2. Though at the commencement of the arguments three contentions were formulated by the learned Counsel appearing on behalf of the petitioner against the validity of the order of detention, two were given up when it became evident in the course of the discussion that they were wholly unfounded and ultimately only one contention was pressed by him on behalf of the petitioner. He contended that all the three grounds on which the order of detention was made related to incidents alleged to have taken place between 5th October, 1971 and 31st October, 1971 and they could not reasonably form the basis for reaching a satisfaction on 21st April, 1972 when the order of detention was made, that the petitioner was acting in a manner prejudicial to the maintenance of supplies and services essential to the community and with a view to preventing him from so acting, it was necessary to detain him. The argument was that the date when the order of detention was made was so far removed from the dates of the alleged incidents that no reasonable person, on the basis of the alleged incidents which took place about five months before, could possibly arrive at the satisfiction leading to the making of the order of detention. The satisfaction of the District Magistrate, which was the foundation of the making of the order of detention, was therefore no satisfaction at all and the order of detention based on it was invalid. This contention is without force and cannot be accepted. The District Magistrate has filed an affidavit in reply to the petition stating that he was satisfied on the basis of the incidents referred to in the grounds of detention that the petitioner was acting in a manner prejudicial to the maintenance of supplies and services essential to the community and he had, therefore, passed the impugned order detaining the petitioner. Of-course this statement made on oath by the District Magistrate merely affirms the recital made in the order of detention and like the recital, it can be shown to be incorrect. But when the District Magistrate has made a statement on oath, the burden would be heavy on the petitioner to show that what is stated by the District Magistrate is not correct. The petitioner would have to establish from the material on record that the Distt. Magistrate could not possibly have arrived at the satisfaction which he claims to have done and that his satisfaction is colourable. Now the only circumstance on which the petitioner has been able to rest his case is the fact that the incidents referred to in the grounds of detention took place between 5th October, 1971 and 31st October, 1971 while the satisfaction which constitutes the foundation of the order of detention was arrived at by the District Magistrate on 21st April, 1972, more than five months after the date of the alleged incidents. But this circumstance cannot avail the petitioner. It is but a read of straw which cannot support the argument of the petitioner. The time lag between the dates of the alleged incidents and the making of the order of detention is not so large that it can be said that no reasonable person could possibly arrive at the satisfaction which the District Magistrate did on the basis of the alleged incidents. It must be remembered that some time is bound to elapse before the investigation into the alleged incidents is completed and the matter is brought to the notice of the District Magistrate and the District Magistrate applies his mind and arrives at the requisite satisfaction culminating in the order of detention. The period of about five months which elapsed between the dates of alleged incidents and the making of the order of detention cannot be regarded as so unreasonbly long as to warrant the inference that no satisfaction was really arrived at by the District Magistrate or that the satisfaction was colourable or no satisfaction at all as required by the statute. The satisfaction which the District Magistrate is required to reach in order to support the order of detention is that it is necessary to detain the petitioner with a view to preventing him from acting in a particular manner & that satisfaction can obviously be founded only on a reasonably anticipated prognosis of future behavior of the petitioner made on the basis of past incidents It is not possible to say that the incidents referred to in the grounds of detention were such that they could not reasonably lead to the satisfaction which the District Magistrate reached when he made the order of detention. This contention urged on behalf of the petitioner must, therefore, be rejected and the order of detention must be held to be valid.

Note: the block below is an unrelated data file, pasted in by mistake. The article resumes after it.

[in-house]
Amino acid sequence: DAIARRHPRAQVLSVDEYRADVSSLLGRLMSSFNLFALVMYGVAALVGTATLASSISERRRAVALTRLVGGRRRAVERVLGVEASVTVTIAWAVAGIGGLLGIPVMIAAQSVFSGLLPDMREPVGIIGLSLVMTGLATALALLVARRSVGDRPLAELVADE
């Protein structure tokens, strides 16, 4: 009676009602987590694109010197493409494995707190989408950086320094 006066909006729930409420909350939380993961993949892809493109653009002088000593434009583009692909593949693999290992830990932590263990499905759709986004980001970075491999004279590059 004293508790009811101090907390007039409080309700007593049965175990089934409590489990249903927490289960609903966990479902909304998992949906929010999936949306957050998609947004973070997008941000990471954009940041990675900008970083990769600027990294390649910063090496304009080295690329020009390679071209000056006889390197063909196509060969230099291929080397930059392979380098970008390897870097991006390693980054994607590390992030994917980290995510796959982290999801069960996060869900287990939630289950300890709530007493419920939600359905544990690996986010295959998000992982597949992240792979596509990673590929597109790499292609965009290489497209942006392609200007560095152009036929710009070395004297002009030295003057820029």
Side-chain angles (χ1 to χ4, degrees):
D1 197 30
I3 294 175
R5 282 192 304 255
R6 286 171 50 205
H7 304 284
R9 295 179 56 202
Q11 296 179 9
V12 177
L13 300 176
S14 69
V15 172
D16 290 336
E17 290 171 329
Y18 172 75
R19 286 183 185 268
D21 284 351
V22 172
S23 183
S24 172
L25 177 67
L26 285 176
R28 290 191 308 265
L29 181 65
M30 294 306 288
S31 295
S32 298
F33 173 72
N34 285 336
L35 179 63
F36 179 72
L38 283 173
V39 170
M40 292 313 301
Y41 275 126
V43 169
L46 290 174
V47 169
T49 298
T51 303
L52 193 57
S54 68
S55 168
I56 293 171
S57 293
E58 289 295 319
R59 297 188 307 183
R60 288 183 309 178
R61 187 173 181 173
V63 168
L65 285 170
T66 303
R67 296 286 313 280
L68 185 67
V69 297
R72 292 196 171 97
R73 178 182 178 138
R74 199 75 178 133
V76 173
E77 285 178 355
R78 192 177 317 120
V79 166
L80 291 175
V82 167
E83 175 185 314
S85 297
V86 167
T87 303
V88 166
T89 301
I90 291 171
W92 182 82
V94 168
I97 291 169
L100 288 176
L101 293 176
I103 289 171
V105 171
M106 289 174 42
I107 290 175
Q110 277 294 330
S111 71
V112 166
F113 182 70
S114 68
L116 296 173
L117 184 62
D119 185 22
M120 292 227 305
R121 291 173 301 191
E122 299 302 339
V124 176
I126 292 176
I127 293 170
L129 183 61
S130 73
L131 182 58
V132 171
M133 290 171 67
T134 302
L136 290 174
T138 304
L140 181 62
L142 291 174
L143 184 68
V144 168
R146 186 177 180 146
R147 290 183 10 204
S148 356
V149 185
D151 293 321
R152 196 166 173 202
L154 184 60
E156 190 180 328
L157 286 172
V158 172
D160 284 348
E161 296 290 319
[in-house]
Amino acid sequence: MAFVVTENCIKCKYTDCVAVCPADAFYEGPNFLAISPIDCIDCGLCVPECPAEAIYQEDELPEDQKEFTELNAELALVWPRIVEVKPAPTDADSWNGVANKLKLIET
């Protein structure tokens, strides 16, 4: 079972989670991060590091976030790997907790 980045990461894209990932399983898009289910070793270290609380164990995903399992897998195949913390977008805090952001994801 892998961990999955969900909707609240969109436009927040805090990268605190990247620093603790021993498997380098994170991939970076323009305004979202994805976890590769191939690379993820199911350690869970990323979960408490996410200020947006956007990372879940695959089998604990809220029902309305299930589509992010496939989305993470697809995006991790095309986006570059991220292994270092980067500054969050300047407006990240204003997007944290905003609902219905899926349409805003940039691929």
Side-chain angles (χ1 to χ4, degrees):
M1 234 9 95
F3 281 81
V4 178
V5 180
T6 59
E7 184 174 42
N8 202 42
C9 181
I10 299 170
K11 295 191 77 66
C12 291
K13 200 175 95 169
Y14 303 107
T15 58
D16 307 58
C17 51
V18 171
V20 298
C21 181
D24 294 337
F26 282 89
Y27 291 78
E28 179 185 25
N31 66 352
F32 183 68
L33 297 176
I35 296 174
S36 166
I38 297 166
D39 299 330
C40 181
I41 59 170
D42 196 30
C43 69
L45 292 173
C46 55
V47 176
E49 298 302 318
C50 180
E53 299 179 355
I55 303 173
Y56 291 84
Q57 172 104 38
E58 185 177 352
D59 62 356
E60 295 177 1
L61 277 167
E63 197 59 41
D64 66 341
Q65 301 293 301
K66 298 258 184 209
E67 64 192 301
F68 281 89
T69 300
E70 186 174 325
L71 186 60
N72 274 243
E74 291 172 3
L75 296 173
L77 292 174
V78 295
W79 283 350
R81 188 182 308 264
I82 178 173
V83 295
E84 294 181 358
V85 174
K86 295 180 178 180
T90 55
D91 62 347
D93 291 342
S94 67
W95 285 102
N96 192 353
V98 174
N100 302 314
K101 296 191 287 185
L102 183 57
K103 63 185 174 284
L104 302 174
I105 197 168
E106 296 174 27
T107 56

3. The petition, therefore, fails and the rule is discharged.